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Northwest Conifers

Dawn Redwood – Metasequoia glyptostroboides

Tree

Metasequoia at Hoyt Arboretum

Needles: Flat and flat on twig, angled forward, deciduous

Cones: Up to 1" long, egg shaped, hard, like Redwood cones

Bark: Reddish-brown, becoming furrowed on large trees.

  

The Dawn Redwood is a popular ornamental, especially distinctive in the fall when the deciduous needles turn golden-brown. After this display, the branchlets with attached needles fall to the ground.

Where it grows: Millions of years ago, Metasequoia trees thrived throughout much of the northern hemisphere, including the Pacific Northwest. Fossils of the tree are common in central Oregon, near Fossil, Mitchell, and the Painted Hills. In 1941, similar fossils found in Japan were classified as Metasequoia. Of course, the Metasequoia was thought to be extinct. However, in 1943, living specimens were found in central China. In 1946 these specimens were identified as the same genus as the Metasequoia fossils and classified as Metasequoia glyptostroboides. Seeds from China arrived in the US in 1948 and were distributed throughout the country. Now the Dawn Redwood is a popular tree in cities and parks all across the country.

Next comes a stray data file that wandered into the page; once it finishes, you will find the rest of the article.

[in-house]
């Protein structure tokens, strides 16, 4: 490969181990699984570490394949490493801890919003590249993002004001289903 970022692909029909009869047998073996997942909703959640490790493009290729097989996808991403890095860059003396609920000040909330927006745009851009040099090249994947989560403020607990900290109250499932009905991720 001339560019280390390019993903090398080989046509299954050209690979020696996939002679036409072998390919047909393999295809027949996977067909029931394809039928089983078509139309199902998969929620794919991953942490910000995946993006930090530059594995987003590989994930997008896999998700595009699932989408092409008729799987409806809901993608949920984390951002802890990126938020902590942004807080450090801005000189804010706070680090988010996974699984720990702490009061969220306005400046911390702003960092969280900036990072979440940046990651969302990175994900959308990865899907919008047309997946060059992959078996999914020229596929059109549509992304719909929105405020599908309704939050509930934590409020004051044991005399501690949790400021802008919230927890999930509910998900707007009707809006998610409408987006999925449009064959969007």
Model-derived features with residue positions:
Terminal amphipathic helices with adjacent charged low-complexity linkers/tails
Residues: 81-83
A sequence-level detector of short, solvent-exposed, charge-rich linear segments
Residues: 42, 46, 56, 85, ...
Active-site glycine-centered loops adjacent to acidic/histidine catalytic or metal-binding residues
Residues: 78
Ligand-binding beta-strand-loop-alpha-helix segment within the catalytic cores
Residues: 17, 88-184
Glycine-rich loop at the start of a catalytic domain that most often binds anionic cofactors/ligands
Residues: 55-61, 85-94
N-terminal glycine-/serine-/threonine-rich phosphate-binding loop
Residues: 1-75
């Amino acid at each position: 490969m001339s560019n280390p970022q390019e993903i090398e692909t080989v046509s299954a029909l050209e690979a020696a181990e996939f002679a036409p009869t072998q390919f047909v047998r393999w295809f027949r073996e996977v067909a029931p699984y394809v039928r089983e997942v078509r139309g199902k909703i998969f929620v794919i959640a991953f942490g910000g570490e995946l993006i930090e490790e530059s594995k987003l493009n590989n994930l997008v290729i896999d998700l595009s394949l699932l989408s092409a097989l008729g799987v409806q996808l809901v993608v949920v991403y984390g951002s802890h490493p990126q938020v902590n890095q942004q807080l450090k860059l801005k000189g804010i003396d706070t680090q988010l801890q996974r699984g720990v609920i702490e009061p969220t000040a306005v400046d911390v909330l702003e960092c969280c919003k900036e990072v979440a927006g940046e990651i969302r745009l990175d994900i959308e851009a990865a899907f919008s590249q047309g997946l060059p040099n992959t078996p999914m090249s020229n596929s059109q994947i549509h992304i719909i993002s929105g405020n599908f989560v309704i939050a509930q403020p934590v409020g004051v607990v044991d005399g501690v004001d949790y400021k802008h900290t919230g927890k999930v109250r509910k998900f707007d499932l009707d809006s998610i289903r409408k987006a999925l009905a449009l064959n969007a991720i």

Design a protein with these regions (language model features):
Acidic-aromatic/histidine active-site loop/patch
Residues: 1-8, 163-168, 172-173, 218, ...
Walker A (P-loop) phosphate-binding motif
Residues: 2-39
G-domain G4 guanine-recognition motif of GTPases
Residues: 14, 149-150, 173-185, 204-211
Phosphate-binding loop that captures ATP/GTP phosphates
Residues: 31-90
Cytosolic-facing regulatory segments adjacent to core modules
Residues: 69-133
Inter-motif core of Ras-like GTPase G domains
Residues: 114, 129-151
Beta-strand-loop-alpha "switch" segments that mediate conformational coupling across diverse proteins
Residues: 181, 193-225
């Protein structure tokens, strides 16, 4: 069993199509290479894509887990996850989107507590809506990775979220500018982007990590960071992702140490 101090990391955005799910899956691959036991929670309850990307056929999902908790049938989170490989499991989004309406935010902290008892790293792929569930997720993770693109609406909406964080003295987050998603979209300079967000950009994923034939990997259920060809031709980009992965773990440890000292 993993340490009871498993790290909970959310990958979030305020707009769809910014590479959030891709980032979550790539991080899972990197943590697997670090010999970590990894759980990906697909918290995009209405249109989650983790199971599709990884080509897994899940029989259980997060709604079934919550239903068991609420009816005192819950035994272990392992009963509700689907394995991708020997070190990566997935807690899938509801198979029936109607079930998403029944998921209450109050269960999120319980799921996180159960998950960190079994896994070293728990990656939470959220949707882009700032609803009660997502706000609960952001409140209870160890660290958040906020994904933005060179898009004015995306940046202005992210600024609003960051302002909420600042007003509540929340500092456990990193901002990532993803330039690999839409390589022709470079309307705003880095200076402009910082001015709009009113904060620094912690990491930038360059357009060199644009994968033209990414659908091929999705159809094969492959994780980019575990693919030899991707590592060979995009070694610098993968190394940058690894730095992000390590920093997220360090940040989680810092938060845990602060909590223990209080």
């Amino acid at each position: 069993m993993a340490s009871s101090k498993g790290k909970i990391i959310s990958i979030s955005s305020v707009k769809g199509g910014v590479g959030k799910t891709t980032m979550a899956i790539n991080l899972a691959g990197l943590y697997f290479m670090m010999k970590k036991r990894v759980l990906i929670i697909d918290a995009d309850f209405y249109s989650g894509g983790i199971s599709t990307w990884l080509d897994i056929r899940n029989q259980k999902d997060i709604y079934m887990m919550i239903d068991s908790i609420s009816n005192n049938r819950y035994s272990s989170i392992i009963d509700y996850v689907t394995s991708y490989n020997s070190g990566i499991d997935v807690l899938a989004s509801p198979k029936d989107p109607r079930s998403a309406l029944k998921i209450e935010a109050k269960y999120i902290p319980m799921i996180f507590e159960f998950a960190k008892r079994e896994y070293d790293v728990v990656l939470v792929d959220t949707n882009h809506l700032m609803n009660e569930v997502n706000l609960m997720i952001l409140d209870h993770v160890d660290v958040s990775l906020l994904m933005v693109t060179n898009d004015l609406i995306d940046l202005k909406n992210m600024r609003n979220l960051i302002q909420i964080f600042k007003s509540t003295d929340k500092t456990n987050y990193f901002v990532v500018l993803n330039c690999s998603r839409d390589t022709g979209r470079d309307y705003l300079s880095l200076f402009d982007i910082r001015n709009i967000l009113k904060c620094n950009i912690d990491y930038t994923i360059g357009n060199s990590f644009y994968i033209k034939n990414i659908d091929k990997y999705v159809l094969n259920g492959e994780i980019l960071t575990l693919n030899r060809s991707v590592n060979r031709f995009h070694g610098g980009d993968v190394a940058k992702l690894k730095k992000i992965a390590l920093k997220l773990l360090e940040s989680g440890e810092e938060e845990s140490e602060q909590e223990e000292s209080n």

Given its fossil history and the rediscovery of living trees, the Dawn Redwood has been described as a "living fossil." Oregon designated the Metasequoia as the state fossil in 2005.

Names:  Typically called Metasequoia, which identifies the tree, since it is the only living species in its genus. Meta means "like," indicating that the tree is like the Sequoia. The Dawn Redwood was at first identified as a Chinese Swamp Cypress (Glyptostrobus pensilis). The species name, glyptostroboides, alludes to this early classification.

Bark

 

Branch

Branch

Fall foliage

Cones

Cones


© 2012 Ken Denniston